Encapsulating topics as grand as performativity and vulnerability in visual art often leaves the viewer unsatisfied. So often, concepts such as these are over-thought and over-articulated, but in Tammy Rae Carland‘s Funny Face, I Love You, this couldn’t be further from the truth. In her latest exhibition at Silverman Gallery in San Francisco, Carland takes on the role of the comedian, one could argue the most vulnerable of all creatives, as a vehicle to explore fragility and personal exposure.
In her most recent photographic series, I’m Dying Up Here, Carland’s isolated figures live in an unsettled state, seemingly caught mid-act. The figures rest between being obscured and exposed by the heavy dark cloaking of the background. Each background is both visible and invisible, with subtle texture only coming into focus as one approaches the photograph. Even when there is no figure present, the environments in each image lie in waiting for something, giving one the sensation of anticipation, fear and self-doubt that accompany the act of performing.
For an exhibition revolving around comedians, humor takes a surprising, and unexpected, backseat role. In so many ways, humor can be one of the best ways to protect one’s self, but in Tammy Rae Carland’s case, humor only presents itself alongside humiliation and exposure, acting as a tool to show how one is both hidden and revealed, guarded and defenseless.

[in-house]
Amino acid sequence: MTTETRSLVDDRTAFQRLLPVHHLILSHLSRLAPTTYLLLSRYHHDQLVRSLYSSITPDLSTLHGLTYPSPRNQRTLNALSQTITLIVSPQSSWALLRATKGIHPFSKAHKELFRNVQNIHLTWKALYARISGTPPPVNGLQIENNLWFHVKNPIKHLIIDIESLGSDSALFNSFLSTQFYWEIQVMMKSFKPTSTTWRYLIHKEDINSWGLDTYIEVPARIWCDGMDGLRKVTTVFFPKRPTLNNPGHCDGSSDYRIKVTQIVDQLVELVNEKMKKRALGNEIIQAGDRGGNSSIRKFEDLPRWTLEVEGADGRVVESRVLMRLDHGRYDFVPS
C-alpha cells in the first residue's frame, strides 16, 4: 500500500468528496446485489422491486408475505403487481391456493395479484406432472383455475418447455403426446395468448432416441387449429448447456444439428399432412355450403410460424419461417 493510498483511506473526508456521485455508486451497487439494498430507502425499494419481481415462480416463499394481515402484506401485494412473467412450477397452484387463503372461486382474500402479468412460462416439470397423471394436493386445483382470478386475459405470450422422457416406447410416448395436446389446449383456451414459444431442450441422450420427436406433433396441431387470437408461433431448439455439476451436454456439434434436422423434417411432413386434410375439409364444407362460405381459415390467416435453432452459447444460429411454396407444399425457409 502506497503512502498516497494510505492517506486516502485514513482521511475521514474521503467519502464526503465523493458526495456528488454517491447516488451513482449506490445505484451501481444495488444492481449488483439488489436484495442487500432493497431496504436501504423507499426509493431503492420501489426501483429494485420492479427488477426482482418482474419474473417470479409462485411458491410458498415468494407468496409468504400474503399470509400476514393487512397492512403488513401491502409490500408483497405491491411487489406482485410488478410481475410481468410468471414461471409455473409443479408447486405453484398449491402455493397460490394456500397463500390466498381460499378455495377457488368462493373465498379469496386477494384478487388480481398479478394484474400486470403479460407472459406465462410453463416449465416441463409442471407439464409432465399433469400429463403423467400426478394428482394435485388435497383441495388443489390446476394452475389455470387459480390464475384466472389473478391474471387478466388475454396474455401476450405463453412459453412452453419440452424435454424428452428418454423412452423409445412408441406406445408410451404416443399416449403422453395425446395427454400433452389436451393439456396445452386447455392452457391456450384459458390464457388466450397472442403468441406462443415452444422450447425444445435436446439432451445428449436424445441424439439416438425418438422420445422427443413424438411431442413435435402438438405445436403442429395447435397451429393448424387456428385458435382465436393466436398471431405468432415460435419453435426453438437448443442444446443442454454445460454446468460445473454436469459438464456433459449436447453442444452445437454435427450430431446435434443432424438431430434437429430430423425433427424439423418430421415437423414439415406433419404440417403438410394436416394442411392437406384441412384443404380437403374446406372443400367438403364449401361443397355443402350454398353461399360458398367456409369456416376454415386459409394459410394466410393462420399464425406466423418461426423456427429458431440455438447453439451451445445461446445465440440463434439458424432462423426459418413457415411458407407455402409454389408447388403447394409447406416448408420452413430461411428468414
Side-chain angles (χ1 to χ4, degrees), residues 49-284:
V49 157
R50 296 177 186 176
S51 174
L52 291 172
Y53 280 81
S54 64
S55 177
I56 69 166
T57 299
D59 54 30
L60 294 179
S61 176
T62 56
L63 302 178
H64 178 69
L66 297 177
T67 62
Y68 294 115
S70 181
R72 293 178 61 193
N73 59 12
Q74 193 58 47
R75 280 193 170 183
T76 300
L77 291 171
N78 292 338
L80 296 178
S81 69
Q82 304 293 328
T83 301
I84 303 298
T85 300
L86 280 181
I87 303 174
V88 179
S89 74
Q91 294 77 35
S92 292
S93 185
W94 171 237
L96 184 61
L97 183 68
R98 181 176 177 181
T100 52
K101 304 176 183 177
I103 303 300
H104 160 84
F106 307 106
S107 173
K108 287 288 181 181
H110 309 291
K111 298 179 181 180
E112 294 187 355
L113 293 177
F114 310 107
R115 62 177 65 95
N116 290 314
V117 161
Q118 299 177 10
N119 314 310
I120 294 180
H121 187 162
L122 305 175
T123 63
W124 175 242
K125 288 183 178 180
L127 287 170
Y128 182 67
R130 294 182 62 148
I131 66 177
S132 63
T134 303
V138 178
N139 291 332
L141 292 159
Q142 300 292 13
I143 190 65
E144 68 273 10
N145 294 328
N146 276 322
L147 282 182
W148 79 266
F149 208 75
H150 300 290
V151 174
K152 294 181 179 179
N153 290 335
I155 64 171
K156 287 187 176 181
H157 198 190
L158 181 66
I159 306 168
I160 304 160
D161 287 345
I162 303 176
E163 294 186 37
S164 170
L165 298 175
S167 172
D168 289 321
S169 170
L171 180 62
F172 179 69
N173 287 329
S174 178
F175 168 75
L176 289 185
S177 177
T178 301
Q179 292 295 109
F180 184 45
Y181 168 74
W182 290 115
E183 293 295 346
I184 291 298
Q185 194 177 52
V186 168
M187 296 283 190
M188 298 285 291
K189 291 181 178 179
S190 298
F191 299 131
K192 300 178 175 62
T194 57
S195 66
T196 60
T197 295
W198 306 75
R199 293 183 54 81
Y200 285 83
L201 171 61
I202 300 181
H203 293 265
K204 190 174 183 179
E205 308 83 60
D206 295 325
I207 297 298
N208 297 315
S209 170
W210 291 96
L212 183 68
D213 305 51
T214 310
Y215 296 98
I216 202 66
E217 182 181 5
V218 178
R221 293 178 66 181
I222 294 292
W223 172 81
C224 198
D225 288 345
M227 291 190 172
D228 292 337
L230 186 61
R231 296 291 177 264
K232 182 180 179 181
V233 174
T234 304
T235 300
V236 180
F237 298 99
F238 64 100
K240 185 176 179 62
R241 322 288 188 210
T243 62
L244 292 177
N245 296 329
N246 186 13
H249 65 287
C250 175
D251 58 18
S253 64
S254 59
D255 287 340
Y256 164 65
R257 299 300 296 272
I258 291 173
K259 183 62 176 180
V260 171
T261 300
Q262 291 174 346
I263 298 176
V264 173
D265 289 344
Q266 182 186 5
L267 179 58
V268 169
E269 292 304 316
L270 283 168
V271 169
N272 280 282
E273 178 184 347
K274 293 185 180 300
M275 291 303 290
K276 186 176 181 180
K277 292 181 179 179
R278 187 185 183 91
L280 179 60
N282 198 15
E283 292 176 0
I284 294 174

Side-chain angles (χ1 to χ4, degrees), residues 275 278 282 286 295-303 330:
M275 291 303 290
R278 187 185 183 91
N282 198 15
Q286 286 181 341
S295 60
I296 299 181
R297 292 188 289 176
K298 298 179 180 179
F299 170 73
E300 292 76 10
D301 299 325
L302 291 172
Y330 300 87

In some of the most uniquely satisfying work in the gallery, a series of ink and paper text works, entitled Punch Line, mask transcripts of famous comedians’ acts, only leaving the punch line revealed. This disguise leads the viewer to search, to postulate, and to wonder about that which is missing, only providing the feeling of being utterly incomplete, and unfulfilled. What results is a context that is lost or mistranslated, mirroring the vulnerability embedded in the I’m Dying Up Here series.
And, as a perfect way to complete this well articulated thought, the fragility and subtle habitation of the ceramic sculpture, Funny Face, I Love You, reveals the balance of presence and absence in all of the work in the show. As it sits in the window space of the gallery storefront, the sculpture lives both inside and outside of the space. The ethereal nature of the white ceramic simultaneously exists as the omission of a figure and as the immaterial quality of the prop to the act of performing. All of these elements combined in Carland’s well choreographed narrative leaves a place for the viewer to explore vulnerability and fear in relation to the body and mind united in the performative act.
Funny Face, I Love You will be on view at Silverman Gallery through October 23rd, 2010.